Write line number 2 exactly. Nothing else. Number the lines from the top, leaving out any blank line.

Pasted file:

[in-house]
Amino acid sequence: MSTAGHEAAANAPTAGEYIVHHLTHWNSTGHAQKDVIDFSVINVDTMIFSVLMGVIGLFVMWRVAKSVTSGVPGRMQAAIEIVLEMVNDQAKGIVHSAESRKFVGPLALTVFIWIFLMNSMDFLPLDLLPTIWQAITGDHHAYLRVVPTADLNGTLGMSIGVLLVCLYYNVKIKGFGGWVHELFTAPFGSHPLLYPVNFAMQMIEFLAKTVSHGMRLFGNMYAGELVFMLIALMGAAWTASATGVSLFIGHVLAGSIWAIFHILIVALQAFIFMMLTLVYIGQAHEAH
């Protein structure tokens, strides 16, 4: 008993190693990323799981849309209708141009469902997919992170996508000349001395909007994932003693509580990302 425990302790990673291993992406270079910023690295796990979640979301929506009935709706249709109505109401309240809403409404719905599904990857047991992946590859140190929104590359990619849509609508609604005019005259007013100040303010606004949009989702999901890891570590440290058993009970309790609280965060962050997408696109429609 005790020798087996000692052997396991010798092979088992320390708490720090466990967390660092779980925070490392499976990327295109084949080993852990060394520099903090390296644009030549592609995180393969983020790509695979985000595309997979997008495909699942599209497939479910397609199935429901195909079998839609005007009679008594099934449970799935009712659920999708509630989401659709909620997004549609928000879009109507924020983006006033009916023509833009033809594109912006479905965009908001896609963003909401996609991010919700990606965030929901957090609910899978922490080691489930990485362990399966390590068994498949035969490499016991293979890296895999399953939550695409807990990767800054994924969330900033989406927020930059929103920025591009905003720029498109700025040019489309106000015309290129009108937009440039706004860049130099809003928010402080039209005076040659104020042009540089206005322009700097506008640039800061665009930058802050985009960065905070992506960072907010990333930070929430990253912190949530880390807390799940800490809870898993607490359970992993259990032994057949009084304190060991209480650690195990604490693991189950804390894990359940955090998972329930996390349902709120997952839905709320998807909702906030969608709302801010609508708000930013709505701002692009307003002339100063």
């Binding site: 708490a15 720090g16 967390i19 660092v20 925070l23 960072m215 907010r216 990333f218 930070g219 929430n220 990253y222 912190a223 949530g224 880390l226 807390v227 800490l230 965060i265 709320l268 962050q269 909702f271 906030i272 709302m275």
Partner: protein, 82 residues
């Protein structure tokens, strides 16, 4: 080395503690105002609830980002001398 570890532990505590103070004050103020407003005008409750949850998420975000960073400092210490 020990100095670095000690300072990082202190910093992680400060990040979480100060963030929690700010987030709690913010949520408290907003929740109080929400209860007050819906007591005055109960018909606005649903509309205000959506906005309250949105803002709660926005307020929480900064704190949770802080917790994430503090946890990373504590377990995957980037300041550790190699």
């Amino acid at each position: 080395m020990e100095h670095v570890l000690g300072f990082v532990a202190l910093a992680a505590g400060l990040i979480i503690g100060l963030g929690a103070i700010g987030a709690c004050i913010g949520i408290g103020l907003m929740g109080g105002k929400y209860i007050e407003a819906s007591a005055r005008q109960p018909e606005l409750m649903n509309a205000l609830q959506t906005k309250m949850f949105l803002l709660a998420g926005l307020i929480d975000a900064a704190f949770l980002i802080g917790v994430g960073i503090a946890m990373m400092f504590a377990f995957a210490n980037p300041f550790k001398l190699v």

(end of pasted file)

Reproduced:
Amino acid sequence: MSTAGHEAAANAPTAGEYIVHHLTHWNSTGHAQKDVIDFSVINVDTMIFSVLMGVIGLFVMWRVAKSVTSGVPGRMQAAIEIVLEMVNDQAKGIVHSAESRKFVGPLALTVFIWIFLMNSMDFLPLDLLPTIWQAITGDHHAYLRVVPTADLNGTLGMSIGVLLVCLYYNVKIKGFGGWVHELFTAPFGSHPLLYPVNFAMQMIEFLAKTVSHGMRLFGNMYAGELVFMLIALMGAAWTASATGVSLFIGHVLAGSIWAIFHILIVALQAFIFMMLTLVYIGQAHEAH